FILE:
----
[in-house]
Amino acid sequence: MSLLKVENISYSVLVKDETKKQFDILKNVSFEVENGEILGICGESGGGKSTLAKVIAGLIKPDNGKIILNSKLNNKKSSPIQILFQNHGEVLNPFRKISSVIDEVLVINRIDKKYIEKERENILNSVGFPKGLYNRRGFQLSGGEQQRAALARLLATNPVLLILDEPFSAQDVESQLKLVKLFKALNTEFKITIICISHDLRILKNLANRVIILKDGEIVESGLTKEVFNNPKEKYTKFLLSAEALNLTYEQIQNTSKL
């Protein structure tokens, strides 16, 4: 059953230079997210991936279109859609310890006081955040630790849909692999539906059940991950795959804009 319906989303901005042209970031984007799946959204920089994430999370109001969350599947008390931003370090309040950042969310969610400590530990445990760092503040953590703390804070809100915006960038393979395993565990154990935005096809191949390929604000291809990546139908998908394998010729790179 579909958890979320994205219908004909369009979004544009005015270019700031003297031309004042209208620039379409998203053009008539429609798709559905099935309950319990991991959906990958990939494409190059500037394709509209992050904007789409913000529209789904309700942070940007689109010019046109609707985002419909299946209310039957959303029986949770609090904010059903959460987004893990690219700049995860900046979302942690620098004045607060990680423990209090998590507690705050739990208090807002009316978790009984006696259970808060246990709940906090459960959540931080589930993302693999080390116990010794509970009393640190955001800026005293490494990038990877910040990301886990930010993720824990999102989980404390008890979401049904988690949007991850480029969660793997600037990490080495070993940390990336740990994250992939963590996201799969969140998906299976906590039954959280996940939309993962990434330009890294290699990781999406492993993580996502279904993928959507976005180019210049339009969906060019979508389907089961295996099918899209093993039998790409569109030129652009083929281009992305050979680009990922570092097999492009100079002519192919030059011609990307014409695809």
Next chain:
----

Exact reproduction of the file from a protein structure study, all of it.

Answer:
[in-house]
Amino acid sequence: MSLLKVENISYSVLVKDETKKQFDILKNVSFEVENGEILGICGESGGGKSTLAKVIAGLIKPDNGKIILNSKLNNKKSSPIQILFQNHGEVLNPFRKISSVIDEVLVINRIDKKYIEKERENILNSVGFPKGLYNRRGFQLSGGEQQRAALARLLATNPVLLILDEPFSAQDVESQLKLVKLFKALNTEFKITIICISHDLRILKNLANRVIILKDGEIVESGLTKEVFNNPKEKYTKFLLSAEALNLTYEQIQNTSKL
């Protein structure tokens, strides 16, 4: 059953230079997210991936279109859609310890006081955040630790849909692999539906059940991950795959804009 319906989303901005042209970031984007799946959204920089994430999370109001969350599947008390931003370090309040950042969310969610400590530990445990760092503040953590703390804070809100915006960038393979395993565990154990935005096809191949390929604000291809990546139908998908394998010729790179 579909958890979320994205219908004909369009979004544009005015270019700031003297031309004042209208620039379409998203053009008539429609798709559905099935309950319990991991959906990958990939494409190059500037394709509209992050904007789409913000529209789904309700942070940007689109010019046109609707985002419909299946209310039957959303029986949770609090904010059903959460987004893990690219700049995860900046979302942690620098004045607060990680423990209090998590507690705050739990208090807002009316978790009984006696259970808060246990709940906090459960959540931080589930993302693999080390116990010794509970009393640190955001800026005293490494990038990877910040990301886990930010993720824990999102989980404390008890979401049904988690949007991850480029969660793997600037990490080495070993940390990336740990994250992939963590996201799969969140998906299976906590039954959280996940939309993962990434330009890294290699990781999406492993993580996502279904993928959507976005180019210049339009969906060019979508389907089961295996099918899209093993039998790409569109030129652009083929281009992305050979680009990922570092097999492009100079002519192919030059011609990307014409695809």
Next chain: